Saturday, December 21, 2013

Balancing Chan: Southern—Northern; Sudden—Gradual; Wu-nien—Li-nien; Knowledge—Purity

These three paragraphs by Yanagada Seizan may be the most concise, clearest, balanced view of the complex dialectic involved in early Chan and its later development that I've yet come across, and in turn, sharp pointed guidance to the inherent errors involved in following any concept of the non-conceptual too far in any way.

from: Yanagida, Seizan. "The Li-tai fa-pao chi and the Ch'an Doctrine of Sudden Awakening." Transl. Carl Bielefeldt. in Early Chan in China and Tibet
The teaching of sudden awakening, which split the Ch'an movement in the eighth century, finds its most concrete expression in Shen-hui's central doctrine of "no-thought" (wu-nien). This doctrine was originally put forward as a criticism of the Northern school's teaching of "detachment from thought" (li-nien). The notion of li-nien is later described by Shen-hui's follower Tsung-mi (780-841) as the practice of "wiping away defilements and viewing purity" (fu-ch 'en k'an-ching), a characterization based  on the famous verse attributed to Hui-neng's Northern school rival Shen-hsiu (606?-706) in the Liu tsu t'an ching. The Northern school believed in the original purity of the mind—that is, in an original self free from all defilements; its practice was to maintain and to magnify this self. This teaching is common to the Ta sheng ch'i hsin lun [*Mahayana-sraddhotpada, T.1666], the Vimalakirti-sutra [T.475], and many other basic Mahayana texts. But the belief in the original purity of one's own mind can itself become a form of attachment, in which one becomes bound by the notion of purity. The danger of such attachment is recognized in the Vimalakirti-sutra itself, and the Northern school was by no means unaware of it. In fact, despite the criticism leveled against it by the followers of Hui-neng, the Northern school taught a sophisticated and coherent system of Buddhist philosophy. Nevertheless, by emphasizing purity it seemed to be in danger of falling into a form of quietism. It was this point which Shen-hui attacked.
Shen-hui summarized what he considered the mistaken practice of the Northern school masters in a four-line maxim, which was later used by Lin-chi (d. 866) as well: "To concentrate the mind and enter samadhi, to settle the mind and view stillness, to arouse the mind and illumine the outside, to control the mind and verify the inside" (ning-hsin ju-ting chu-hsin k'an-ching ch'i-hsin wai-chao she-hsin nei-cheng) According to Shen-hui, the Northern school's doctrine of li-nien, taught on the basis of the Ta sheng ch'i hsin lun and the Vimalakirti-sutra, involves a bondage to purity: it is the practice of intentionally attempting to look at one's own pure mind. Shen-hui's summary of the Northern school teaching is, in fact, a criticism of a form of Ch'an sickness, in which one is attached to the detachment from thought and the contemplation of the pure original mind. Historically it does not seem that the masters of the Northern school were particularly attached to the practice of li-nien, but it must be admitted that philosophically their thought left them open to such criticism. At least Shen-hui saw the school as attached to li-nien, and taught his own doctrine of wu-nien in opposition to it.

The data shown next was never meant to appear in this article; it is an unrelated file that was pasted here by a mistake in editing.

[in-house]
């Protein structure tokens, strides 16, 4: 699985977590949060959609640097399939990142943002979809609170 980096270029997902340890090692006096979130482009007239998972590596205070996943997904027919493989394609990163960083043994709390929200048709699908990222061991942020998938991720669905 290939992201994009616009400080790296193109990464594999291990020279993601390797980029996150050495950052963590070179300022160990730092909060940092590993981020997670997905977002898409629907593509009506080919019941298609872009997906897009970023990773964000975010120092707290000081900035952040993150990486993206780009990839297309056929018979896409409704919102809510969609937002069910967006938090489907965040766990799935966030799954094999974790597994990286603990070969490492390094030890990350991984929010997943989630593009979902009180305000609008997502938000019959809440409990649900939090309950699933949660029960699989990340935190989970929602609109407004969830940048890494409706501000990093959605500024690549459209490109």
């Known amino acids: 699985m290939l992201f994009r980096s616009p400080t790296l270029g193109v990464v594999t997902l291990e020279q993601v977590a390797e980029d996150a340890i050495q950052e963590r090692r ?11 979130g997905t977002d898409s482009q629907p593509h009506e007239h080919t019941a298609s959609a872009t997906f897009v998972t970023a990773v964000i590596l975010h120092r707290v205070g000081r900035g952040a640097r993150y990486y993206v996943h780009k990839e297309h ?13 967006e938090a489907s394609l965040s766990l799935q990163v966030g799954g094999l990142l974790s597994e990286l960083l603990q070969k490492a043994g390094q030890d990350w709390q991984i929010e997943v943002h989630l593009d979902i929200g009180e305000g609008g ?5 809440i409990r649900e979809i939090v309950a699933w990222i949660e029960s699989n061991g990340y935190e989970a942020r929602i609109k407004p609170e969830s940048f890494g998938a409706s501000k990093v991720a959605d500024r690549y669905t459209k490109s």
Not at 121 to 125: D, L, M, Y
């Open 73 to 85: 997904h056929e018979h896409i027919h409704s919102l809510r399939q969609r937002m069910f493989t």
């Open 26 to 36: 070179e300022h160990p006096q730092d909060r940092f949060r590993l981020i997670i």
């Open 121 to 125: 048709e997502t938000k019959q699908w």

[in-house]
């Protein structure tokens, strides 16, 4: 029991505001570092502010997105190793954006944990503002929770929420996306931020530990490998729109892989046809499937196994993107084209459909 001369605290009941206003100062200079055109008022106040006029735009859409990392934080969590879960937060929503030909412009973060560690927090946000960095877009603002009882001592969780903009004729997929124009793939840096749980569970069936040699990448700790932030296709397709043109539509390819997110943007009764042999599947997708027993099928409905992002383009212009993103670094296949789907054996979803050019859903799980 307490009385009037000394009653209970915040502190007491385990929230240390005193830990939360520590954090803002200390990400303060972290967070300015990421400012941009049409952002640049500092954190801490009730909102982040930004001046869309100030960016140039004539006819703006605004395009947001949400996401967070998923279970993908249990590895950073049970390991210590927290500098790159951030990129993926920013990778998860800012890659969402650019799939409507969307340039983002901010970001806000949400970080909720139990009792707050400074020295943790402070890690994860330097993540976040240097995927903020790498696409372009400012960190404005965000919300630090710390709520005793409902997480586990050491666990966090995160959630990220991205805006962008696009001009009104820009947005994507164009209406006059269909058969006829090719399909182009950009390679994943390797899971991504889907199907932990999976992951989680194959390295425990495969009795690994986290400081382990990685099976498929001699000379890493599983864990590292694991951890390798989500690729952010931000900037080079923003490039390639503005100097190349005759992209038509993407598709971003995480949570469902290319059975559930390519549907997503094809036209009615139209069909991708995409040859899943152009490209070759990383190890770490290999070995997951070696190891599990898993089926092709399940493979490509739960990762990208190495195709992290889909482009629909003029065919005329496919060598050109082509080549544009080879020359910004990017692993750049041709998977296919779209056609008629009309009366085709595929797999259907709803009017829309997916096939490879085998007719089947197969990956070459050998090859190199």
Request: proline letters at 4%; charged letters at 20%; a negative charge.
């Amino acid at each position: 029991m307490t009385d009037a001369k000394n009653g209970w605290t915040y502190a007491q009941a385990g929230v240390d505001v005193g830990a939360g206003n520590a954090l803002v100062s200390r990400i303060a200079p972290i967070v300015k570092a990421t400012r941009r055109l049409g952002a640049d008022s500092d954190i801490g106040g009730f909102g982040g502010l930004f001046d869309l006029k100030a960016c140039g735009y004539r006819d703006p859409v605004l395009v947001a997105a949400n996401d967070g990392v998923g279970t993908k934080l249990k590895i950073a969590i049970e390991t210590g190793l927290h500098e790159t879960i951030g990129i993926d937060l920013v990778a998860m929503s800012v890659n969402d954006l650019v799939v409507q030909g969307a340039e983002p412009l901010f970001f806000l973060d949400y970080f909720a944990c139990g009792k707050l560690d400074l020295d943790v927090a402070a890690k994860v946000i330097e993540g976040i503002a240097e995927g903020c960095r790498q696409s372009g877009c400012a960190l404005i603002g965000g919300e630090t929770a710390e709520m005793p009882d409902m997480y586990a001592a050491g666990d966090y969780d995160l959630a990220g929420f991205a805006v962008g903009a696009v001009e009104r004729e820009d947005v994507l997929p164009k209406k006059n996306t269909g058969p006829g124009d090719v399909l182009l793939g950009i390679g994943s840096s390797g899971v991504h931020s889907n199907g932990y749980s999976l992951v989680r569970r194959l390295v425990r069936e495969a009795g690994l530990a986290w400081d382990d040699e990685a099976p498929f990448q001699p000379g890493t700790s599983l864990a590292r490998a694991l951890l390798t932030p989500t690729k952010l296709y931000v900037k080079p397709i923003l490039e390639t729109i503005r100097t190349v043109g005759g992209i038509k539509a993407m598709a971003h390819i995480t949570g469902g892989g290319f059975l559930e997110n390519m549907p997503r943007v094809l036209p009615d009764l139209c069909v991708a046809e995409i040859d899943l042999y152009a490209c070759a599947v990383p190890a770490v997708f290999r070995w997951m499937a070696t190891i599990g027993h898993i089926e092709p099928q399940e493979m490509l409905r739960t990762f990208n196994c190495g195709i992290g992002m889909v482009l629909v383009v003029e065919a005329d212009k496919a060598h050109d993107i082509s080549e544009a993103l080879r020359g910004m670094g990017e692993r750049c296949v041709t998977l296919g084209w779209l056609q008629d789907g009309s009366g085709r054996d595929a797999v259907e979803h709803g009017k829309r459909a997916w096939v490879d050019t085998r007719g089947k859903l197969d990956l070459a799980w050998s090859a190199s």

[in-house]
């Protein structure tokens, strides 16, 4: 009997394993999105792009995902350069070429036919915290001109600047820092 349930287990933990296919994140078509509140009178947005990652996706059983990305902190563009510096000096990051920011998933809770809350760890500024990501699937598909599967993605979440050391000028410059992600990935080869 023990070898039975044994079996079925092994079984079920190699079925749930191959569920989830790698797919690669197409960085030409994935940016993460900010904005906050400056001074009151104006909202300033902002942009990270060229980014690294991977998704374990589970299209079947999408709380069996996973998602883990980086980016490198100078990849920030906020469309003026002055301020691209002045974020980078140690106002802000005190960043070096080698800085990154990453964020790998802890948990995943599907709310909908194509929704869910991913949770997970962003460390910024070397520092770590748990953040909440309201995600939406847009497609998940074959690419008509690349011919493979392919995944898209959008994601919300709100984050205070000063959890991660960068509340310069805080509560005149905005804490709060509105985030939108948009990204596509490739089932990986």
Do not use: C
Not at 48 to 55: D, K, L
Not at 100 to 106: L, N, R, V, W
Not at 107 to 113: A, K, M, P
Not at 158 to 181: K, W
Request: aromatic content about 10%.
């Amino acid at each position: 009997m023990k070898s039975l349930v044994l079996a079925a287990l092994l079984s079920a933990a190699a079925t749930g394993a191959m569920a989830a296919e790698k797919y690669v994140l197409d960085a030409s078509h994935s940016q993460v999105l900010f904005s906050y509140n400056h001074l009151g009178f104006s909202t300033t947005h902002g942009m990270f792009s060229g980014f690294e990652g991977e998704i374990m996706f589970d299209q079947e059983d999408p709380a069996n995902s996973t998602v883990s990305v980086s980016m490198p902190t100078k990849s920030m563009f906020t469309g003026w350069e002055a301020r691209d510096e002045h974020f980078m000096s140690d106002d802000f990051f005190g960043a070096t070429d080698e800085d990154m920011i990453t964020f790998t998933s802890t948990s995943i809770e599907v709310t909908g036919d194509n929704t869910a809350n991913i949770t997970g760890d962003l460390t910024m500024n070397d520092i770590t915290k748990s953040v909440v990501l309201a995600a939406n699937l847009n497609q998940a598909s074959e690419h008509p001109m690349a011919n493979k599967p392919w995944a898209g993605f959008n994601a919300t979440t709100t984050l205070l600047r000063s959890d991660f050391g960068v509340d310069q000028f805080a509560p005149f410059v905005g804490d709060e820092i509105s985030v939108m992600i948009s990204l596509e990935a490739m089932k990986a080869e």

Shen-hui's wu-nien doctrine is based on the notion of "natural knowledge" (tzu-jan chih) or "original knowledge" (pen-chih). The emphasis on such knowledge is the key issue separating the Northern and Southern schools. For Shen-hui, no-thought is itself sudden awakening, and as such there must be knowledge at work within it. The centrality of original knowledge for the Southern school's wu-nien dotrine was later recognized by Tsung-mi, who held that "the single term knowledge is the gateway to all mysteries" (chih chih i-tzu chung-miao chih men) Tsung-mi's emphasis on original knowledge was an attempt to defend Shen-hui's concept of wu-nien from misinterpretation by his contemporaries. On the one hand he was warning against the rise of the Ma-tsu school of Ch'an, which had transformed the teaching of no-thought into an emphasis on vital activity within everyday life. Such was the thrust of the school's famous sayings, "The ordinary mind is the Way" (p'ing-ch'ang hsin shih tao) or "This very mind is the Buddha" (chi hsin chi fo). For Tsung-mi this emphasis on the concrete function of the mind suggested blind activity devoid of original knowledge. At the same time, as we shall see, Tsung-mi's teaching was a criticism of the followers of the LTFPC [Li tai fa pao chi] who, while adopting Shen-hui's doctrine of no-thought, had in Tsung-mi's eyes forgotten that wu-nien is based on the functioning of knowledge.

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